On Gays Against Gay marriage website, an article reads:
It’s clear to me that eventually men will be able to marry men and women will be able to marry women in all of the United States, it’s just not clear exactly when. It’s just that I am not very excited about the prospect. In fact, even being homosexual, I actually oppose gay marriage. Not only that — I oppose it as a gay person.
I can no longer keep silent on the issue of gay marriage and why it is stupid, awful, and undesirable.
For gay supporters of marriage, this may be an attempt to force society to recognise and, well, love their love. It’s a way to make up for the rejection many of them felt by their hick Christian families, or their meathead peers in school as a child. The fact is, they will hate you even more if you are allowed to get married. Now, I don’t deny that it is hilarious and delightful to make bible beaters uncomfortable — the idea of a religious government official forced to legally refer to two men as “husbands” puts a smile on my vindictive face — but inflicting pain on one’s enemies alone is not reason to call for gay marriage.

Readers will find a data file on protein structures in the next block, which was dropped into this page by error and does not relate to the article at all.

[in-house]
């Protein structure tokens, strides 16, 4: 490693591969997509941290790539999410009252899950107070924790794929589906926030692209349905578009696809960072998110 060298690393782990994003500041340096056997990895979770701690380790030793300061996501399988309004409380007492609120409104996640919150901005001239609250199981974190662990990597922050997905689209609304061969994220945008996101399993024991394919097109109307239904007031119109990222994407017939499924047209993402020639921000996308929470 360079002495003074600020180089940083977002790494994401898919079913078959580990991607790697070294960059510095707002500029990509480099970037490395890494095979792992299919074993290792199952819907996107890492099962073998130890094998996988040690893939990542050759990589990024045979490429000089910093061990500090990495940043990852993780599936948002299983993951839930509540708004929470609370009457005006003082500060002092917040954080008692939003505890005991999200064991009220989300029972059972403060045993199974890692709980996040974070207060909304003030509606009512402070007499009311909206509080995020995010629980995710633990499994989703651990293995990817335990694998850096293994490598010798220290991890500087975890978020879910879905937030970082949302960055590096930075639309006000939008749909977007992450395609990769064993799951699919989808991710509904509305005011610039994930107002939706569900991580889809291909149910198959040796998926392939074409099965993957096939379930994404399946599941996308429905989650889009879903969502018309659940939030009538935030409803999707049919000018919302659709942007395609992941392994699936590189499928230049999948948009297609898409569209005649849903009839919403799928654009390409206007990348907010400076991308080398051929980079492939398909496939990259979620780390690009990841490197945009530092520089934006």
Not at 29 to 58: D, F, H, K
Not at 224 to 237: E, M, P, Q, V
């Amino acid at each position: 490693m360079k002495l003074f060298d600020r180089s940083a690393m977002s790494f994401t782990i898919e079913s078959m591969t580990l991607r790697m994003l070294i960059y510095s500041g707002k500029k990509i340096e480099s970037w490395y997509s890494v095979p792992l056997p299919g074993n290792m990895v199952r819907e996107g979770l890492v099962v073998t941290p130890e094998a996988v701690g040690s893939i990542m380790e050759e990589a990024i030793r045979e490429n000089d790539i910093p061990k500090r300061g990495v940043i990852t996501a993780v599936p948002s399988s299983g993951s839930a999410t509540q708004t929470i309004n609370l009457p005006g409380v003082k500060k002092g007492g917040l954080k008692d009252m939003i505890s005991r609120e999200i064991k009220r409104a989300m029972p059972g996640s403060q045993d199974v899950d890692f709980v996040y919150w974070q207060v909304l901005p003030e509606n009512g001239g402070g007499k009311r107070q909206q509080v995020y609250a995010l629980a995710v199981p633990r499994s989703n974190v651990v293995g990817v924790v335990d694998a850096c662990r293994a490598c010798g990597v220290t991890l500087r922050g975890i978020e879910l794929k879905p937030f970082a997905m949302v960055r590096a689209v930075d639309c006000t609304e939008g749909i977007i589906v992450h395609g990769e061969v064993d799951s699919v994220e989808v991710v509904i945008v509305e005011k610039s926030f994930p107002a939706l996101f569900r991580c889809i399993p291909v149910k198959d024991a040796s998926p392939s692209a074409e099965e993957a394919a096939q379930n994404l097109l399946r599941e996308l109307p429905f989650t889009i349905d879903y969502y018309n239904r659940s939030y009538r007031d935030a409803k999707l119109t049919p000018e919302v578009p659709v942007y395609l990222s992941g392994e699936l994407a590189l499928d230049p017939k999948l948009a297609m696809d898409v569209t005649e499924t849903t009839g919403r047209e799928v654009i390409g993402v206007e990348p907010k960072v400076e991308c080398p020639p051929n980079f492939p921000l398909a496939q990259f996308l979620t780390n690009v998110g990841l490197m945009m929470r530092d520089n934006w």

Gays want to be accepted by society broadly. Usually they demand that they are accepted as they are, and that society’s expectations morph to accommodate their lifestyles. But in rejecting civil unions as insufficient, they are revealing — they don’t just want acceptance as they are, they want to mimic heterosexuals. Instead of being, to paraphrase from the last century, “different but equal,” they actually want to take part in the identical goofily baroque sacraments as the straights they often ridicule. Why in this instance would homosexuals want to be just like heterosexuals? Are you loud and proud or not? You’re queer — get used to it.
In closing, nobody needs state-recognised marriage for any reason at all. All the arrangements of marriage can be duplicated with contracts, and you do not have to choose the one-size-fits-all bundle that marriage forces upon couples. Even if gay couples do want that bundle, civil unions with the exact same provisions as legal marriage should be good enough for those not so desperate for society’s moral approval.